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Nurs Res. 1992 Jul-Aug;41(4):210-5.

A randomized trial of a health care program for first-time adolescent mothers and their infants.

Author information

1
School of Nursing, University of Pennsylvania, Philadelphia.

Abstract

To test the effectiveness of a special health care program for adolescent mothers (17 years old or younger) and their infants, 243 mother-infant pairs were randomly assigned to one of two groups. All of the mothers were unwed, on Medicaid, and black. The control group received routine well-baby care. The experimental group received routine care and services that included rigorous follow-up, discussions with the mother about her plans for return to school and use of family planning methods, and extra health teaching. The dropout rate in the experimental group (60%) was significantly less after 18 months than the control group (82%). In spite of the high dropout rate, 91% of the mothers were located for the 18 month follow-up interview. The repeat pregnancy rate in the experimental group was 12% after 18 months, and 28% in the control group. There was no significant difference in the percentage returning to school. After 12 months, the infants in the experimental group were more likely to be fully immunized (33%) than the infants in the control group (18%). Mothers in the special care program who continued to attend clinic used the emergency room less than the mothers who continued to attend in the control group. These results suggest that a comprehensive health care program is one way to bring about better outcomes for both adolescent mothers and their infants.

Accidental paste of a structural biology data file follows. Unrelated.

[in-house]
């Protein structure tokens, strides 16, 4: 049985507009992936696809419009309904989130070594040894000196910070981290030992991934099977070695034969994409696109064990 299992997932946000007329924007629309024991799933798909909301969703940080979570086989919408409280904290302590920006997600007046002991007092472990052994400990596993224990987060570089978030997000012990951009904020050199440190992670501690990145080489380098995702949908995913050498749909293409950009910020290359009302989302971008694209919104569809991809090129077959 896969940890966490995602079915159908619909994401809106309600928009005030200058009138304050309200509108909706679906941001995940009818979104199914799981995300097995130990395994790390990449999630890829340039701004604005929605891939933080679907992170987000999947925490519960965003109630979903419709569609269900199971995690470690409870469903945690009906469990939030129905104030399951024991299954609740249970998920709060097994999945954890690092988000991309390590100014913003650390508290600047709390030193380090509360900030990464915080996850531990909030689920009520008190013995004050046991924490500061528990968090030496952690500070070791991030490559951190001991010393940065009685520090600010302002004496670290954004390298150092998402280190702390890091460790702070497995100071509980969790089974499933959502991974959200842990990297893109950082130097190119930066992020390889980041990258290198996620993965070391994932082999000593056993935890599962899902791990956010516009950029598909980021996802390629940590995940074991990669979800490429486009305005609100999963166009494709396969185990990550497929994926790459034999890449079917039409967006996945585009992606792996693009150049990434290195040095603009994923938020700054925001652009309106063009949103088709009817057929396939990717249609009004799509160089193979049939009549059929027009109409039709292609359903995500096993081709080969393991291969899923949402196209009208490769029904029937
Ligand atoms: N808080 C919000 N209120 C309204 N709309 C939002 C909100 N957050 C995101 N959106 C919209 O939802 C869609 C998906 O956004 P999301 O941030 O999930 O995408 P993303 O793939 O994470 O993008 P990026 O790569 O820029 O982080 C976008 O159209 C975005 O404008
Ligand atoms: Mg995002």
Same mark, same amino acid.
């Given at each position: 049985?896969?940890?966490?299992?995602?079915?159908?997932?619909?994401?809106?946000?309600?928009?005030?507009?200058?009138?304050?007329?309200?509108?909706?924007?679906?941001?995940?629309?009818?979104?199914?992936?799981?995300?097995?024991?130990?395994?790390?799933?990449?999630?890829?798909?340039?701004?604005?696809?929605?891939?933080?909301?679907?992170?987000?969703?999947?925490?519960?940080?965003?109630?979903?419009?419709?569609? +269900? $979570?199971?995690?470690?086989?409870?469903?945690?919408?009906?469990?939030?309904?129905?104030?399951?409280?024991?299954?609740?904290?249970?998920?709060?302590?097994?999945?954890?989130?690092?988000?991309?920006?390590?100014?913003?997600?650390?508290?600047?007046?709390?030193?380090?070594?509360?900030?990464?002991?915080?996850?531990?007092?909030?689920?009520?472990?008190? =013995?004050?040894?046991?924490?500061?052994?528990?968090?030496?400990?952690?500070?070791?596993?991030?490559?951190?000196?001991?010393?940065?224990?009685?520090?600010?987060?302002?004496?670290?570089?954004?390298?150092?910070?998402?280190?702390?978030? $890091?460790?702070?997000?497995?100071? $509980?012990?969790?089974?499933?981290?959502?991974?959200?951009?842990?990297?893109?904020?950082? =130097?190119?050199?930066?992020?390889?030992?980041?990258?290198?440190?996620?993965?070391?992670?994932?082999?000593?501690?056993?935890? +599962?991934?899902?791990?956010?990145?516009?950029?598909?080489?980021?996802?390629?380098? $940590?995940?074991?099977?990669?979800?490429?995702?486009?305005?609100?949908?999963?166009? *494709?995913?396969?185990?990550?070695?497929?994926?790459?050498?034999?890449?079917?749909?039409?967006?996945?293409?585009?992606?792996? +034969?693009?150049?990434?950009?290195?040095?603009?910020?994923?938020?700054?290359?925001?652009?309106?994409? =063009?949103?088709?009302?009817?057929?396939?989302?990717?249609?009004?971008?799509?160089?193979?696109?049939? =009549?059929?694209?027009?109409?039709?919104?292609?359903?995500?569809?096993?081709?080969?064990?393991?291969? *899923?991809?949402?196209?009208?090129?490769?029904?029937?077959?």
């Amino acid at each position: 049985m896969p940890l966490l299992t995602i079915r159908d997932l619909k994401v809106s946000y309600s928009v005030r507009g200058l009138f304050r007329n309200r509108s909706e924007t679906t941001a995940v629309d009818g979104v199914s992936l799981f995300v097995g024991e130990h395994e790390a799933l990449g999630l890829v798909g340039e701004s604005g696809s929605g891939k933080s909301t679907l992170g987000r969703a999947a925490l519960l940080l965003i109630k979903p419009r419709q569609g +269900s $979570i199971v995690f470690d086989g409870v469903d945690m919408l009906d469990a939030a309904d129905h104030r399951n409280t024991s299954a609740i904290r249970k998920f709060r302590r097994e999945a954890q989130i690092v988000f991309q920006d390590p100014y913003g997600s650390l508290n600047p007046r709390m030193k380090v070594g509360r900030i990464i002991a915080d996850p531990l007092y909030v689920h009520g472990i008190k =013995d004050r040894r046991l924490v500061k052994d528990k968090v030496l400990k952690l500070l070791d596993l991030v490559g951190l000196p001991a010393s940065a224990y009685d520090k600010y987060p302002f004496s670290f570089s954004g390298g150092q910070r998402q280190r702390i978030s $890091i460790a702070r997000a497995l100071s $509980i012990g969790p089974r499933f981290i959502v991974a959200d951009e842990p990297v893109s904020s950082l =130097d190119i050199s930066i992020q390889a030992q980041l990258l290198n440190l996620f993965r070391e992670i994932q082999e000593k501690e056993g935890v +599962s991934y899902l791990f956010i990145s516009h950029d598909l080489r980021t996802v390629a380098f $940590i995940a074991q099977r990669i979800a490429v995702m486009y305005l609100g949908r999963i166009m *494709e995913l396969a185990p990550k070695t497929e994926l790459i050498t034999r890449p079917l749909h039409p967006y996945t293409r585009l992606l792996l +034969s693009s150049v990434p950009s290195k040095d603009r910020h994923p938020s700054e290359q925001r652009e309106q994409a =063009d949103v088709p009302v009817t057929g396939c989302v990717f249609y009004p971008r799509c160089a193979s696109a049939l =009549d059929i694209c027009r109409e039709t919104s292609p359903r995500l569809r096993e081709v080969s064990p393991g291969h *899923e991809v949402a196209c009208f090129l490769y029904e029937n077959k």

PIP:

120 adolescent mothers who delivered at a large teaching hospital in Philadelphia, Pennsylvania, and their infants were assigned to an experimental group who had received special care which included rigorous follow-up, discussions with the mothers about plans to return to school and use of family planning, and additional health education. Another 123 mothers formed the control group and received only routine well-baby care. A nurse practitioner directed the experimental clinic. All the cases and controls were African American, on Medicaid, and unmarried. Mothers in the control group were more likely to return for all well-baby visits (at 2 weeks, 92% vs. 76%; at 18 months, 40% vs. 18%; p = 0.002). At 18 months, the dropout rate was high for both groups, but it was less for the experimental group than the control group (60% vs. 82%). Nevertheless, clinic staff were able to locate 91% of the mothers at 18 months postpartum. At 18 months, mothers in the experimental group had a lower repeat pregnancy rate than did those in the control group (12% vs. 28%; p = 0.003). More than 50% of mothers from both groups returned to school with no significant difference between the 2 groups. Children of mothers in the experimental group were more likely to be fully immunized at 18 months than those in the control group (33% vs. 18%; p 0.02). Experimental group mothers who still attended the clinic at 18 months were less likely to use the emergency room for infant care at least once than control group mothers who still attended the clinic (81% vs. 100%; p 0.03). These findings indicate that a comprehensive health care program improves outcomes for adolescent mothers and their infants. The high dropout rates from clinic attendance suggests a need for more research into developing programs targeting adolescent mothers.

PMID:
1408861
[Indexed for MEDLINE]

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